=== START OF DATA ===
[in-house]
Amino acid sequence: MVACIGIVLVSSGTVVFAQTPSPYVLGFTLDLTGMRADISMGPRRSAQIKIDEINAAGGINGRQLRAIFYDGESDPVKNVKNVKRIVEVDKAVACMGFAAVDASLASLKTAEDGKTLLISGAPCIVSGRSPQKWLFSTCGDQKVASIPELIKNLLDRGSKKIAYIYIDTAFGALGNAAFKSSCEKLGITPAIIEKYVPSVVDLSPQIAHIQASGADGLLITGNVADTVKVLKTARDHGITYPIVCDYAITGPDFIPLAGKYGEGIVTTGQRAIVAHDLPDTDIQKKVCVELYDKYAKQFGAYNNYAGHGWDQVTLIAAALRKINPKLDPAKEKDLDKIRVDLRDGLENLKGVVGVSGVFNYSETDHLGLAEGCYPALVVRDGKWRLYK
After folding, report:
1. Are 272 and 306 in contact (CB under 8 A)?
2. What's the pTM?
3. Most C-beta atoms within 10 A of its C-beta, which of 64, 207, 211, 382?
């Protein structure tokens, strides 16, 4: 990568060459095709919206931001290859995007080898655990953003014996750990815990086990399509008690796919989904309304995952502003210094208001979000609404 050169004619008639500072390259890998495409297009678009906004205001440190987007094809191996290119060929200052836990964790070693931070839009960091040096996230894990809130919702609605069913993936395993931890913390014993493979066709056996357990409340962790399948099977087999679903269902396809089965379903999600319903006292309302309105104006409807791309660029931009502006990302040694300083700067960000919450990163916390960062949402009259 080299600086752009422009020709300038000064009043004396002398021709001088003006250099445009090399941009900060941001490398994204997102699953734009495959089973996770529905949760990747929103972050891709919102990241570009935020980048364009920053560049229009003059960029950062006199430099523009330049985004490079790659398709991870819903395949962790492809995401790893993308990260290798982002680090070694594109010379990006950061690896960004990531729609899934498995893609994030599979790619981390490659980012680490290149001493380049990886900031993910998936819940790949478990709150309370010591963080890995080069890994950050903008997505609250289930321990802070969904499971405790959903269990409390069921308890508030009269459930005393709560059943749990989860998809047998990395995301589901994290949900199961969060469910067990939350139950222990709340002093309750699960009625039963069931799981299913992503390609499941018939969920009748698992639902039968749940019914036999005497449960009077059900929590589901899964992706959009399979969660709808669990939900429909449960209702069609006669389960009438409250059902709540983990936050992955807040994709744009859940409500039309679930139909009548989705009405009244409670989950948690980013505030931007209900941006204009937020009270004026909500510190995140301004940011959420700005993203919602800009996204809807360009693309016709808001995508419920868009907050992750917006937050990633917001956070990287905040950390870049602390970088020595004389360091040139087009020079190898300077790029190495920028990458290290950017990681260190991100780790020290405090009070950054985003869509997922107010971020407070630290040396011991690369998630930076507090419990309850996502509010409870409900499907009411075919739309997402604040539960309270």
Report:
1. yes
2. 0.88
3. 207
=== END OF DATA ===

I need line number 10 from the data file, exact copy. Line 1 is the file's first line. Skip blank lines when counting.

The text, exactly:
2. 0.88